The Web will eat itself over WikiLeaks

Sites are taking sides, hacks are being launched, a full-scale cyber war is under way -- all because of WikiLeaks

We are at war, and I don't mean the literal kind. It's the first all-out cyber war, not between nations but between factions: those who agree with what WikiLeaks is trying to do, and those who oppose them.

Nearly everybody is picking sides. Amazon's hosting service ditched WikiLeaks after a day, presumably as a result of pressure from Connecticut Sen. Joe Lieberman. EveryDNS did the same, citing its inability to cope with DDoS attacks launched by "hacktivists" opposed to the leaks. PayPal, Visa, and MasterCard have refused to handle payments for donations to WikiLeaks -- at least in part due to pressure from the U.S. State Department.

[ Check out a few samples of Cringely's long history covering WikiLeaks: WikiLeaks: A terrorist's best friend?. | WikiLeaks launches Web War III | Spies, WikiLeaks, and hackers, oh my! | For a humorous take on the tech industry's shenanigans, subscribe to Robert X. Cringely's Notes from the Underground newsletter. ]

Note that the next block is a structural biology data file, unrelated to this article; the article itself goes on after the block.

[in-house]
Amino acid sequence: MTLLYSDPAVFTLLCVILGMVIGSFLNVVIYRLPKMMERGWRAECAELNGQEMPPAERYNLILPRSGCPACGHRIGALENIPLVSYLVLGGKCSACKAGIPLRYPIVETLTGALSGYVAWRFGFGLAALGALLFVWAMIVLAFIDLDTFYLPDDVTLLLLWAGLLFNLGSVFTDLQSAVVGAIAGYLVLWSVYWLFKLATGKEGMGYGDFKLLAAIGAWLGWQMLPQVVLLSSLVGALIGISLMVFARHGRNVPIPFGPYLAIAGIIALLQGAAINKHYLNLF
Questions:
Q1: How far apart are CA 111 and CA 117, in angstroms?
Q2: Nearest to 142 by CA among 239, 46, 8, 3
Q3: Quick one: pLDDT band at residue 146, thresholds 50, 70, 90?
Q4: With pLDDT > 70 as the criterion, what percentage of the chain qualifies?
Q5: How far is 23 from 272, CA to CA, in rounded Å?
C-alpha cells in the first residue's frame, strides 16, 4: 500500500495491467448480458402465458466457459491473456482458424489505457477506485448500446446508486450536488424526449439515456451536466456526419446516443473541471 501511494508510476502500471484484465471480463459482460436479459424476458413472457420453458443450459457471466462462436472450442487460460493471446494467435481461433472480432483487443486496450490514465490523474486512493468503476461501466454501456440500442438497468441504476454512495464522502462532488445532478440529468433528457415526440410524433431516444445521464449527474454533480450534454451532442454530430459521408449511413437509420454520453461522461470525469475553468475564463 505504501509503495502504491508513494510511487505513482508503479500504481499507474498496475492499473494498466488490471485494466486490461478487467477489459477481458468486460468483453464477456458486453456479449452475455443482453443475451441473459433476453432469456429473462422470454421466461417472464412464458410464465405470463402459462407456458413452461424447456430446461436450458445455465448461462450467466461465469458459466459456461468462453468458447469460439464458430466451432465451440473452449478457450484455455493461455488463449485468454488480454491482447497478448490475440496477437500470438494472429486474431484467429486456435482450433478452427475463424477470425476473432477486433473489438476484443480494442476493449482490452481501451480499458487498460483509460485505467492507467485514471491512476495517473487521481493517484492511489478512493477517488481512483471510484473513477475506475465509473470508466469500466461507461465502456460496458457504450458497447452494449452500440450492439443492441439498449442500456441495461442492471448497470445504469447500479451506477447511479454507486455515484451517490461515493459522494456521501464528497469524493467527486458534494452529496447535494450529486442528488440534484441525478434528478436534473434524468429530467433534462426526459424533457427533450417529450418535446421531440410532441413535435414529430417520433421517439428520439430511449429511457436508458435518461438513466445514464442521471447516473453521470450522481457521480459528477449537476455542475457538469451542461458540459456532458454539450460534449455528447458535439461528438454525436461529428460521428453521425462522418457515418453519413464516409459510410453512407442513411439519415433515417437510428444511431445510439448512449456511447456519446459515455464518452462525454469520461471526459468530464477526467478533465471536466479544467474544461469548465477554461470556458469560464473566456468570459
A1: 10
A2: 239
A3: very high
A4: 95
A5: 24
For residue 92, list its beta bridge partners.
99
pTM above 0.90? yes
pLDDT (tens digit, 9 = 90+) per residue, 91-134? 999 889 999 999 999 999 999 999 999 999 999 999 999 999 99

Meanwhile, Facebook says it won't shut down its WikiLeaks pages because the organization has done nothing to violate its terms of service. And Google is trying to be Switzerland, offering up links but (as blogger John Batelle notes) not stepping up to mirror the site in the cause of informational freedom.

In my last post, I accused WikiLeaks of acting more and more like 4chan. Well, guess who just emerge to defend WikiLeaks? That's right, that collective of 4channers better known as Anonymous.

As yet another fork of its seemingly endless vigilante exercise Operation Payback, Anonymous launched DDoS attacks against MasterCard, PayPal, Julian Assange's Swiss bank, and the Swedish prosecutors who are bringing charges against Assange for sexual assault. Still, it's a little like shooting a paintball gun at tanks in Tiananmen Square -- you can make a few colorful splashes, but you're unlikely to stop anything.

Naturally, some antileakers are reciprocating with attacks on one of Anonymous's own sites, taking it offline. It's a shootin' war, and no one knows where it will lead or when it will end. You'd best keep your head low.

I realize there are other events taking place in Tech Land these days. Google, for example, seems determined to roll out a new operating system every damned day -- Gingerbread, Honeycomb, Chrome, and so on. But I can't stop thinking about WikiLeaks.

Why? Because this is the single most important story to hit the Internet ever. It dwarfs the Drudge Report's Monica Lewinsky scoop, the Twitter anti-Tehran uprising, and even the Pam Anderson sex video. Never before has a small band of whatever-you-want-to-call-thems taken on every major nation simultaneously, twisting them into knots. But thanks to the distributed nature of the Net, they have -- and I suspect they won't be the last.

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